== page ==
Is this Associated Press article proof that global warming “is making us dumb” as one professor says in the wake of a news report that “Earth is noticeably hotter, the weather stormier and more extreme.”
University of Colorado professor Roger Pielke, Jr. called out a lengthy AP story claiming that global warming created “a different world” over the past 30 years — the time frame scientists typically use to account for natural climatic variations.
“We were warned,” is what the AP says about the supposed changes,”large and small,” that have happened in the last 30 years. The story is full of anecdotal evidence, official figures and alarming quotes from scientists.
“The statistics tracking climate change since 1988 are almost numbing,” the AP reported in its story. (RELATED: NY Times Admits It ‘Erroneously’ Reported Info About Scott Pruitt’s Daughter)
Pielke points to the article’s illogical claim that climate “change has been so sweeping that it is easy to lose sight of effects large and small,” focusing on the AP’s citing of hurricane damage data to insinuate that storms were becoming more intense.
The AP’s article makes several claims that are misleading. The Daily Caller News Foundation has listed the three most misleading claims made in the AP’s article on “numbing” global warming statistics.
The AP’s story notes that “[t]he 14 costliest hurricanes in American history, adjusted for inflation, have hit since 1988, reflecting both growing coastal development and a span that included the most intense Atlantic storms on record.”
Pielke, however, took issue with AP’s use of hurricane damage statistics to imply storms had become more intense in the last 30 years. Pielke noted that hurricanes making landfall in the U.S. has changed little over time, meaning increased damages come from inflation and economic growth.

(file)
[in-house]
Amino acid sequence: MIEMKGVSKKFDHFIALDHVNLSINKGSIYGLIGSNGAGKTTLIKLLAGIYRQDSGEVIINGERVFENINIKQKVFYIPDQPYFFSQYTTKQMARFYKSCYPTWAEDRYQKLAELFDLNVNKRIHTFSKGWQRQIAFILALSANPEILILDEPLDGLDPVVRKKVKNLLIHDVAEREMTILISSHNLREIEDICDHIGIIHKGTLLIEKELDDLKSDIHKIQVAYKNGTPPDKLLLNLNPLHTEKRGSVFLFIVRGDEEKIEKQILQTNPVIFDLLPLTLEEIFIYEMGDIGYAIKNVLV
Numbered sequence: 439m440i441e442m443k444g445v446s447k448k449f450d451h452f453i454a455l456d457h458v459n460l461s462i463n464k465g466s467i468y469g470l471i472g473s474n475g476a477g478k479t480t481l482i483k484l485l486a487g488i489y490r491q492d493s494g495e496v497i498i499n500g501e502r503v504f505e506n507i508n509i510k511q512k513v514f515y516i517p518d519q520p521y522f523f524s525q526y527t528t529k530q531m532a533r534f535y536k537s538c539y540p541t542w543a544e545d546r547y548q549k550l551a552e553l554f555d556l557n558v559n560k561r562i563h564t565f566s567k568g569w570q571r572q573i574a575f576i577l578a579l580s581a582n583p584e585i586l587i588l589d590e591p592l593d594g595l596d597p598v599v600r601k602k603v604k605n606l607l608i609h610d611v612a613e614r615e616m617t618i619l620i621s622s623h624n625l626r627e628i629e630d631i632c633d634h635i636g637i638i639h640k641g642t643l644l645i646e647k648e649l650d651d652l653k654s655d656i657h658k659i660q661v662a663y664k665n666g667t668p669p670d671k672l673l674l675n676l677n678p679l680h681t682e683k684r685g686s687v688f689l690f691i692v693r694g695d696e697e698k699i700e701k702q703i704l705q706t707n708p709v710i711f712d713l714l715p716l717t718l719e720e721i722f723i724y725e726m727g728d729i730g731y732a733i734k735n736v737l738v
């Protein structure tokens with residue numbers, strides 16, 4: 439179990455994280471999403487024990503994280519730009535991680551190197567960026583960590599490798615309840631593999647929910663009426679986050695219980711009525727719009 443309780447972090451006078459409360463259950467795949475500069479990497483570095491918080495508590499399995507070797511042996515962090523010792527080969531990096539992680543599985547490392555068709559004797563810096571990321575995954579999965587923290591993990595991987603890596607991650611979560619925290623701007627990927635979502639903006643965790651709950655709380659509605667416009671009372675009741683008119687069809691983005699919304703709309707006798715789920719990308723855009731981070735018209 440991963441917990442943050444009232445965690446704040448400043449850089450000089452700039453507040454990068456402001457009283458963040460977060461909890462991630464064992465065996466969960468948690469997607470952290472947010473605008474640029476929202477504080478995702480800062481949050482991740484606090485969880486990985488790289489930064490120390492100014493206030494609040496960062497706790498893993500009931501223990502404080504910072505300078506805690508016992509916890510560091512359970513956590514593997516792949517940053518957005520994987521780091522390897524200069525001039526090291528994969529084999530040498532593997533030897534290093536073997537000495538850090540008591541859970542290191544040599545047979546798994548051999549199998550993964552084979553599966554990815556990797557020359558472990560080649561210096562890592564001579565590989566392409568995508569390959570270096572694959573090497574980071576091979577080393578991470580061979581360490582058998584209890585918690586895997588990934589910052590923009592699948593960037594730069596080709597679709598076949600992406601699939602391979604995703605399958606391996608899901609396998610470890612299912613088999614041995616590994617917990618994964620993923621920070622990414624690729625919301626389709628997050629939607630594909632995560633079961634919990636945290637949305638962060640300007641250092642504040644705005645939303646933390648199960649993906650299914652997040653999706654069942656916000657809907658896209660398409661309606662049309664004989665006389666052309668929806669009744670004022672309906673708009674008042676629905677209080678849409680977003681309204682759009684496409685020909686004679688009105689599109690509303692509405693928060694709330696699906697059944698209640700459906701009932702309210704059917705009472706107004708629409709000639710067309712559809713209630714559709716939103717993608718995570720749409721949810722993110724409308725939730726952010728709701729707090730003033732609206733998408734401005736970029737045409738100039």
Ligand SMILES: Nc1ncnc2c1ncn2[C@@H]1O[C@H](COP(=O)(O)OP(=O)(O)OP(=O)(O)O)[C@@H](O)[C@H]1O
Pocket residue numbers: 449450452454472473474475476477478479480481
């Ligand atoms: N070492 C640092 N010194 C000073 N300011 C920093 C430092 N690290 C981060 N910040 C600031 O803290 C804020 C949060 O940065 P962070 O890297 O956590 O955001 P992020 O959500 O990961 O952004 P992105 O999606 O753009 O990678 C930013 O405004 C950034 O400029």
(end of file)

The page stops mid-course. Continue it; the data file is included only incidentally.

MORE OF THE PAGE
Want to know how hurricanes have changed in the US on climate timescales?
Look at climate data, not economic data. (Duh).
We did (graph from paper) https://t.co/LrS1Scrk6N
Anytime someone trots out economic damage as evidence of climate change we get a little dumber. END pic.twitter.com/2sJCpZTdaP
— Roger Pielke Jr. (@RogerPielkeJr) June 18, 2018
Cato Institute atmospheric scientist Ryan Maue chimed in on Twitter, noting that globally, the number of Category 4 and higher storms have not increased since the late 1980s.
Good news over the past 30-years (1988-2017): the most “Intense” tropical cyclones (Category 4 and higher) globally have NOT become more frequent. The data and the numbers just don’t lie. pic.twitter.com/w6pXt9bvgl
— Ryan | weather.us (@RyanMaue) June 18, 2018
Likewise, a study by Pielke and Colorado State University hurricane expert Phil Klotzbach published in February found that “landfalling hurricane frequency or intensity shows no significant trend since 1900.”
The AP reports that “wildfires in the United States now consume more than twice the acreage they did 30 years ago.”
While this is true, the AP’s narrowing of its analysis to just the past 30 years leaves presents a misleading picture. Wildfires may be burning more acreage today than the 1980s, but that pales in comparison to the great fires of the early 20th Century.
The scale of U.S. wildfires has decreased dramatically since 1930, according to government estimates. That year, wildfires burned more than four times the amount of acreage burned in 2012.
In 1930, for example, wildfires consumed more than 50 million acres of land, but in 2012 wildfires only burnt up 9.2 million acres.
3. Record Heat
Again, the AP’s use of a 30-year timeline presents a skewed picture on heat records set across the U.S.
“[D]aily heat records have been broken more than 2.3 million times at weather stations across the nation, half a million times more than cold records were broken,” the AP reported, but a longer view of the century puts record heat in perspective.
“The Dust Bowl era of the 1930s remains the peak period for extreme heat,” reads the National Climate Assessment special report released in late 2017.
“In fact, all eastern regions experienced a net decrease, most notably the Midwest (about 2.2°F [1.2°C]) and the Southeast (roughly 1.5°F [0.8°C])” that are “mainly tied to the unprecedented summer heat of the 1930s Dust Bowl era,” according to the special report.
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